A rapid, exponential expansion of gTLDs has the potential to magnify both the abuse of the domain name system and the corresponding challenges we encounter in tracking down Internet fraudsters. In particular, the proliferation of existing scams, such as phishing, is likely to become a serious challenge given the infinite opportunities that scam artists will now have at their fingertips. Fraudsters will be able to register misspellings of businesses, including financial institutions, in each of the new gTLDs, create copycat websites, and obtain sensitive consumer data with relative ease before shutting down the site and launching a new one.

The letter demands better Whois accuracy enforcement, better ICANN compliance programs, and a cap on approved new gTLDs in the first round perhaps as low as a couple dozen.

The FTC’s claims that new gTLDs will increase phishing may not be supported by reality, however.

The latest data (pdf) from the Anti-Phishing Working Group shows that in the first half of the year only 18% of domain names used in phishing attacks were registered by the attacker.

That was down from 28% in the second half of 2010. Phishers are much more likely to compromise a domain belonging to somebody else – by hacking a web server, for example.

Of the 14,650 maliciously registered domains 10,444 (70%) were used to phish Chinese targets, “overwhelmingly” the e-commerce site Taobao.com, the APWG found.

Furthermore, only 2% of these domains – just 1,816 over six months – were judged to have been registered due to their confusing similarity with the brands they target.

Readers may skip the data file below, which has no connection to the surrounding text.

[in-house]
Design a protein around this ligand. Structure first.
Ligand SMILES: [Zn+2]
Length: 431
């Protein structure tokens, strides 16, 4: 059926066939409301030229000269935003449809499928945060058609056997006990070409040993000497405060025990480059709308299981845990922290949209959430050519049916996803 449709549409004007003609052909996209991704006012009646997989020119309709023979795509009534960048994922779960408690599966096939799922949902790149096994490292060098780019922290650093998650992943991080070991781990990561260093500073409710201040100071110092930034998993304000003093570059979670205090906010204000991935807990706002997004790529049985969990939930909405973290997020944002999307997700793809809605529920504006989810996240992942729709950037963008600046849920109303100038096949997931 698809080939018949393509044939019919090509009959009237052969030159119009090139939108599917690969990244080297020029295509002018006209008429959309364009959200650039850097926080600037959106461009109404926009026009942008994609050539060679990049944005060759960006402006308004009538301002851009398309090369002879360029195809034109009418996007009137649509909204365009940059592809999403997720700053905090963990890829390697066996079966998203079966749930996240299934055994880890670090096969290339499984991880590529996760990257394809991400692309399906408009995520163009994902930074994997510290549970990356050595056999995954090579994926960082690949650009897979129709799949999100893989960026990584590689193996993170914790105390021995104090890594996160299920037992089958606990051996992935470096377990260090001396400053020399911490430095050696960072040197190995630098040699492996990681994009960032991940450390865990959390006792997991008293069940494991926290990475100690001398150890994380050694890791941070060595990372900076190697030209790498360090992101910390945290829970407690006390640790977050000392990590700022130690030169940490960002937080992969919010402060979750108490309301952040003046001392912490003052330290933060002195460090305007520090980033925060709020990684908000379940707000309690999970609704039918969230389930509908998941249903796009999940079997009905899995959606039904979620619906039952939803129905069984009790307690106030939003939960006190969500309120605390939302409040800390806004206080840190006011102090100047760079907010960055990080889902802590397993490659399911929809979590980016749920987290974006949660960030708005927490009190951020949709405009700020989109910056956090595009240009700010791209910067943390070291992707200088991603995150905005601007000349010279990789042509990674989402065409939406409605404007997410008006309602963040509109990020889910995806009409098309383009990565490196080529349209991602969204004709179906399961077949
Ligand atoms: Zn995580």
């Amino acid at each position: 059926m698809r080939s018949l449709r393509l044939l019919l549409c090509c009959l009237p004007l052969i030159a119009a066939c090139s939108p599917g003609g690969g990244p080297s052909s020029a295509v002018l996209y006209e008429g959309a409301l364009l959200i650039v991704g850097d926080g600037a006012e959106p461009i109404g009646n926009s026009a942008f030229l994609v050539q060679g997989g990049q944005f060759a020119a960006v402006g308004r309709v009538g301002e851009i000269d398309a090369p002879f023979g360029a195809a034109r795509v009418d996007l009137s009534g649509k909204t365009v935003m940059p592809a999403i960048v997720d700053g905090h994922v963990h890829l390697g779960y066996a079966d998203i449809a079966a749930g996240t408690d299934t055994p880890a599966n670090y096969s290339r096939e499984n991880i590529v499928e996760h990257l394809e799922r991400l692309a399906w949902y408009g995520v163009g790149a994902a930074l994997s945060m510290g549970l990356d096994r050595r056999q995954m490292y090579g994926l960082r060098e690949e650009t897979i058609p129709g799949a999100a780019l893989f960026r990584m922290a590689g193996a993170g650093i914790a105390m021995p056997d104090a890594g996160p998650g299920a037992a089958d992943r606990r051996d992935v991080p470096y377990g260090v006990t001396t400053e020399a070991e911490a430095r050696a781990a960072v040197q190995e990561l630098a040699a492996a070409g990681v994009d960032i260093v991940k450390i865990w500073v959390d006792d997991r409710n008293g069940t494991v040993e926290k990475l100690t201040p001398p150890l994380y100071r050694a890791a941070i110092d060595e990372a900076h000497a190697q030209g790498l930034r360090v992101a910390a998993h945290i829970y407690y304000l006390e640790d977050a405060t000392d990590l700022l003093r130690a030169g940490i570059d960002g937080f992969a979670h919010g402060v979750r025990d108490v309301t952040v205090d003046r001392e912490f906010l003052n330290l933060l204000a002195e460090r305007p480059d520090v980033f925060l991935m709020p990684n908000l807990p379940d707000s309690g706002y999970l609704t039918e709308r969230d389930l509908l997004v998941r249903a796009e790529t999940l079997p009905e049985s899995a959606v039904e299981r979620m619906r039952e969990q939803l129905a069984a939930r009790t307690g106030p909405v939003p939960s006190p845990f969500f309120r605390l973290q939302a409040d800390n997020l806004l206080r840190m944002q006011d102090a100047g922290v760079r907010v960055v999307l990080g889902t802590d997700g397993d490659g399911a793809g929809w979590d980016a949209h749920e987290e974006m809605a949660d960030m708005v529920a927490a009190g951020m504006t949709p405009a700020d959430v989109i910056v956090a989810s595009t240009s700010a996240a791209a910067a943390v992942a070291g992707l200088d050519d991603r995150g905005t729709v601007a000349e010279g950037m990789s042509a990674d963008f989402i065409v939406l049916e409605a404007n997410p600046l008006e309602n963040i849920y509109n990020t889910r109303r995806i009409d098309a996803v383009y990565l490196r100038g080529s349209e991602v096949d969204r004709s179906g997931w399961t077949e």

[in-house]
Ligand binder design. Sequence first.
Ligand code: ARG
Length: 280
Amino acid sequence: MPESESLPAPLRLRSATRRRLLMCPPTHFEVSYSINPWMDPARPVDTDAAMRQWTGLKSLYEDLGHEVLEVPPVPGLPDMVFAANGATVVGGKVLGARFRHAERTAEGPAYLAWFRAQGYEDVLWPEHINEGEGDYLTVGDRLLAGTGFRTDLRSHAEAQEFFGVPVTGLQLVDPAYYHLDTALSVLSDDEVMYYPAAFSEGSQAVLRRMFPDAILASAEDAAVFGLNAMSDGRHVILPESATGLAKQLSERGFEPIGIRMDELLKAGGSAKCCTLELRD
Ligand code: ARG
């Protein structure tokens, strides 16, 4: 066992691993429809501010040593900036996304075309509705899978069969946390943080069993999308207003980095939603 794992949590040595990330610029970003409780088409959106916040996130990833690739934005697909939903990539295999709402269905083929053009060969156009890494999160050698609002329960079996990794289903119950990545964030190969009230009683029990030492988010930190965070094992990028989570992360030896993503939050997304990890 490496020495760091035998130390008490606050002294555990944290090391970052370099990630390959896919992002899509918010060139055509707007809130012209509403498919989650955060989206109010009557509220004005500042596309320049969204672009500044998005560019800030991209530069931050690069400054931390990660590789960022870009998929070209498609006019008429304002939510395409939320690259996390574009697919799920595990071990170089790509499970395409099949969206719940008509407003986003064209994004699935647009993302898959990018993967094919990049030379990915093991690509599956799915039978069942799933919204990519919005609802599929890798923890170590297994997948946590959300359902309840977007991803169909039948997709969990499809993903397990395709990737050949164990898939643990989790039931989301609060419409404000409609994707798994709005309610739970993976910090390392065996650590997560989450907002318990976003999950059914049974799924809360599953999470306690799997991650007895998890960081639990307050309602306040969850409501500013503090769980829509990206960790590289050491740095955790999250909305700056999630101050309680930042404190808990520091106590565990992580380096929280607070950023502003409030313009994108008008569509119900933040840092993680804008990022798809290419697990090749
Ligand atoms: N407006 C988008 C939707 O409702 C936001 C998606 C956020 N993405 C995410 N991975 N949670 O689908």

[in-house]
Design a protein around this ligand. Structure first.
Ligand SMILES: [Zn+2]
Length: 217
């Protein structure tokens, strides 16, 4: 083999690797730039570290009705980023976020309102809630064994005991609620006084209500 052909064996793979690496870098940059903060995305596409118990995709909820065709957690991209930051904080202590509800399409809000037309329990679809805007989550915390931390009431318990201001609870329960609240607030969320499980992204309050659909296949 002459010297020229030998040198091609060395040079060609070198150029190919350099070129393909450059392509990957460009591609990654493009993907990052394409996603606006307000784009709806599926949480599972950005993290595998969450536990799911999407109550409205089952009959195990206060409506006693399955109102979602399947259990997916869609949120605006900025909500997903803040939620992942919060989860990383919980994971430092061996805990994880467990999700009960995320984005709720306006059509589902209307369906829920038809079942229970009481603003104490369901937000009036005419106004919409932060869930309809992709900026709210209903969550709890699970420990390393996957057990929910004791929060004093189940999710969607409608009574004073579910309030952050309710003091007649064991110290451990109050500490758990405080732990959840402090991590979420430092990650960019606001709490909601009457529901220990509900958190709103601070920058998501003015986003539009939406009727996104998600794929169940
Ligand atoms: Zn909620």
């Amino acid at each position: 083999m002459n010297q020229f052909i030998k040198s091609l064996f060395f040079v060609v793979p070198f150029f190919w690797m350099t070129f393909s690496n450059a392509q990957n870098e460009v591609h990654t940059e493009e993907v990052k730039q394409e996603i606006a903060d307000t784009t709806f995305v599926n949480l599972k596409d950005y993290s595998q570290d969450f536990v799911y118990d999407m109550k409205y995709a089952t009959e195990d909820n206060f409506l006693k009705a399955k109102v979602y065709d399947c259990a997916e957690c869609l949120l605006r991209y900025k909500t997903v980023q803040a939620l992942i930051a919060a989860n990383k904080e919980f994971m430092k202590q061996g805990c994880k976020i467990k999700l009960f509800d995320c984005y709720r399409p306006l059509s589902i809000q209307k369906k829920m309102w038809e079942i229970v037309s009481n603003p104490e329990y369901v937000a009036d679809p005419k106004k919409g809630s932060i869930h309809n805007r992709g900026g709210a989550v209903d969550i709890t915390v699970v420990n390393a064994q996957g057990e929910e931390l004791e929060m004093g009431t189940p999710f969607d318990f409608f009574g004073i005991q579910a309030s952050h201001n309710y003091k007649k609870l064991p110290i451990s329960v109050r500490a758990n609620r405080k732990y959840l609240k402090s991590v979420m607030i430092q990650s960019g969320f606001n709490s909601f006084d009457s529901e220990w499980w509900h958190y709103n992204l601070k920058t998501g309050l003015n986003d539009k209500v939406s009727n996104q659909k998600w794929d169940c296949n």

The APWG said (emphasis in the original):

These are the lowest numbers we have observed in the last past four years, and show that using domain names containing brand strings has fallen further out of favor among phishers.

the domain name itself usually does not matter to phishers, and a domain name of any meaning, or no meaning at all, in any TLD, will usually do. Instead, phishers almost always place brand names in subdomains or subdirectories

The APWG found only one gTLD that ICANN has introduced – .info, with 4.5% – in its top ten phishing TLDs. The .com space accounts for 48.9% of all phishing domains.

Will the increase in the number of gTLDs reverse these trends? The FTC seems to think so, but the claims in its letter appear to be based largely on guesswork and fear rather than data.

I suspect that the FTC’s letter is more concerned with ICANN’s ongoing bilateral talks with registrars over law enforcement-demanded amendments to the Registrar Accreditation Agreement.

These talks are completely separate and distinct from the new gTLDs program policies, but in the last few weeks we’ve seen them being repeatedly conflated by US lawmakers, and now the FTC.

This may be ignorance, but it could just as well be an attempt to apply political pressure on ICANN to make sure the RAA talks produce the results law enforcement agencies want to see.

ICANN does not want to be forced into an embarrassing retreat on its hard-fought gTLD expansion. By producing a strong RAA, it could deflect some of the concerns about the program.

Another 2,000 .uk fraud domains taken down

Kevin Murphy, November 18, 2011, Domain Policy

Nominet has suspended over 2,000 .uk domain names allegedly being used to sell counterfeit goods on the instruction of the Metropolitan Police.

The Met said in a statement today that the crackdown was designed to protect online shoppers in the run-up to Christmas. It did something similar last year and the year before.

The sites were allegedly selling bootleg products purportedly from brands such as Ugg, Nike and Tiffany.

Nominet said that it worked with is registrars to coordinate the suspensions, and that the registrants were all informed before their domains were taken down.

All the registrants were in breach of terms and conditions, it said.

A Nominet working group is currently in the final stages of creating a policy that will streamline the process of law enforcement domain suspensions, as I reported for The Register today.